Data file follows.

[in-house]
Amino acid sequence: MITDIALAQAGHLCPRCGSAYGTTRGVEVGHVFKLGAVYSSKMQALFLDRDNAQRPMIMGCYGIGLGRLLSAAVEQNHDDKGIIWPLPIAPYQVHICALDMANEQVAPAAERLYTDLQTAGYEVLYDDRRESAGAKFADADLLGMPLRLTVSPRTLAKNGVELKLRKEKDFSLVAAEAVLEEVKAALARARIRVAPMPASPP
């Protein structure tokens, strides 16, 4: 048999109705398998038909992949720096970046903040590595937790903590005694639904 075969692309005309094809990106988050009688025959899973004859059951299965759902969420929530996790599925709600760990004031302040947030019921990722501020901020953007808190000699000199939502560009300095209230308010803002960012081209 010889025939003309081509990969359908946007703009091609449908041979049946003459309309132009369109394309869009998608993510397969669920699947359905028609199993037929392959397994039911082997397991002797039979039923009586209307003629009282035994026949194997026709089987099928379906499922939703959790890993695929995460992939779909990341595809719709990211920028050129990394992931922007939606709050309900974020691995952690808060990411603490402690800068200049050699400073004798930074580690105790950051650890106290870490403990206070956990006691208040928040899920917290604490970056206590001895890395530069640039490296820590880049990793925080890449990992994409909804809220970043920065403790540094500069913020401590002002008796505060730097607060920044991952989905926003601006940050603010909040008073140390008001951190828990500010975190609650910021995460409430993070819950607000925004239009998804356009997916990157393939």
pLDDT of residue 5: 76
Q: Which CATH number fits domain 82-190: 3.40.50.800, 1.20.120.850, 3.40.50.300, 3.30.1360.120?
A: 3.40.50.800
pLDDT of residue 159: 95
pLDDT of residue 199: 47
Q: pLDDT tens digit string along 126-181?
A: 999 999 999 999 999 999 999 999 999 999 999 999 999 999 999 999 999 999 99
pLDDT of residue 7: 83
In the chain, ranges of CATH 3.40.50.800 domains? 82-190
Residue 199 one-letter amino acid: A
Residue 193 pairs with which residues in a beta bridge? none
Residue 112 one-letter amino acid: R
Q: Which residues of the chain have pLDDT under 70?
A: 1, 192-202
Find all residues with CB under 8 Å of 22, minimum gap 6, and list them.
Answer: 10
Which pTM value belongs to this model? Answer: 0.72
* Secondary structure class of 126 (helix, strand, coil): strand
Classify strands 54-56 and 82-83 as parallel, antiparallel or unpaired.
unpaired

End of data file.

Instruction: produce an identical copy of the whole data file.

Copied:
[in-house]
Amino acid sequence: MITDIALAQAGHLCPRCGSAYGTTRGVEVGHVFKLGAVYSSKMQALFLDRDNAQRPMIMGCYGIGLGRLLSAAVEQNHDDKGIIWPLPIAPYQVHICALDMANEQVAPAAERLYTDLQTAGYEVLYDDRRESAGAKFADADLLGMPLRLTVSPRTLAKNGVELKLRKEKDFSLVAAEAVLEEVKAALARARIRVAPMPASPP
């Protein structure tokens, strides 16, 4: 048999109705398998038909992949720096970046903040590595937790903590005694639904 075969692309005309094809990106988050009688025959899973004859059951299965759902969420929530996790599925709600760990004031302040947030019921990722501020901020953007808190000699000199939502560009300095209230308010803002960012081209 010889025939003309081509990969359908946007703009091609449908041979049946003459309309132009369109394309869009998608993510397969669920699947359905028609199993037929392959397994039911082997397991002797039979039923009586209307003629009282035994026949194997026709089987099928379906499922939703959790890993695929995460992939779909990341595809719709990211920028050129990394992931922007939606709050309900974020691995952690808060990411603490402690800068200049050699400073004798930074580690105790950051650890106290870490403990206070956990006691208040928040899920917290604490970056206590001895890395530069640039490296820590880049990793925080890449990992994409909804809220970043920065403790540094500069913020401590002002008796505060730097607060920044991952989905926003601006940050603010909040008073140390008001951190828990500010975190609650910021995460409430993070819950607000925004239009998804356009997916990157393939």
pLDDT of residue 5: 76
Q: Which CATH number fits domain 82-190: 3.40.50.800, 1.20.120.850, 3.40.50.300, 3.30.1360.120?
A: 3.40.50.800
pLDDT of residue 159: 95
pLDDT of residue 199: 47
Q: pLDDT tens digit string along 126-181?
A: 999 999 999 999 999 999 999 999 999 999 999 999 999 999 999 999 999 999 99
pLDDT of residue 7: 83
In the chain, ranges of CATH 3.40.50.800 domains? 82-190
Residue 199 one-letter amino acid: A
Residue 193 pairs with which residues in a beta bridge? none
Residue 112 one-letter amino acid: R
Q: Which residues of the chain have pLDDT under 70?
A: 1, 192-202
Find all residues with CB under 8 Å of 22, minimum gap 6, and list them.
Answer: 10
Which pTM value belongs to this model? Answer: 0.72
* Secondary structure class of 126 (helix, strand, coil): strand
Classify strands 54-56 and 82-83 as parallel, antiparallel or unpaired.
unpaired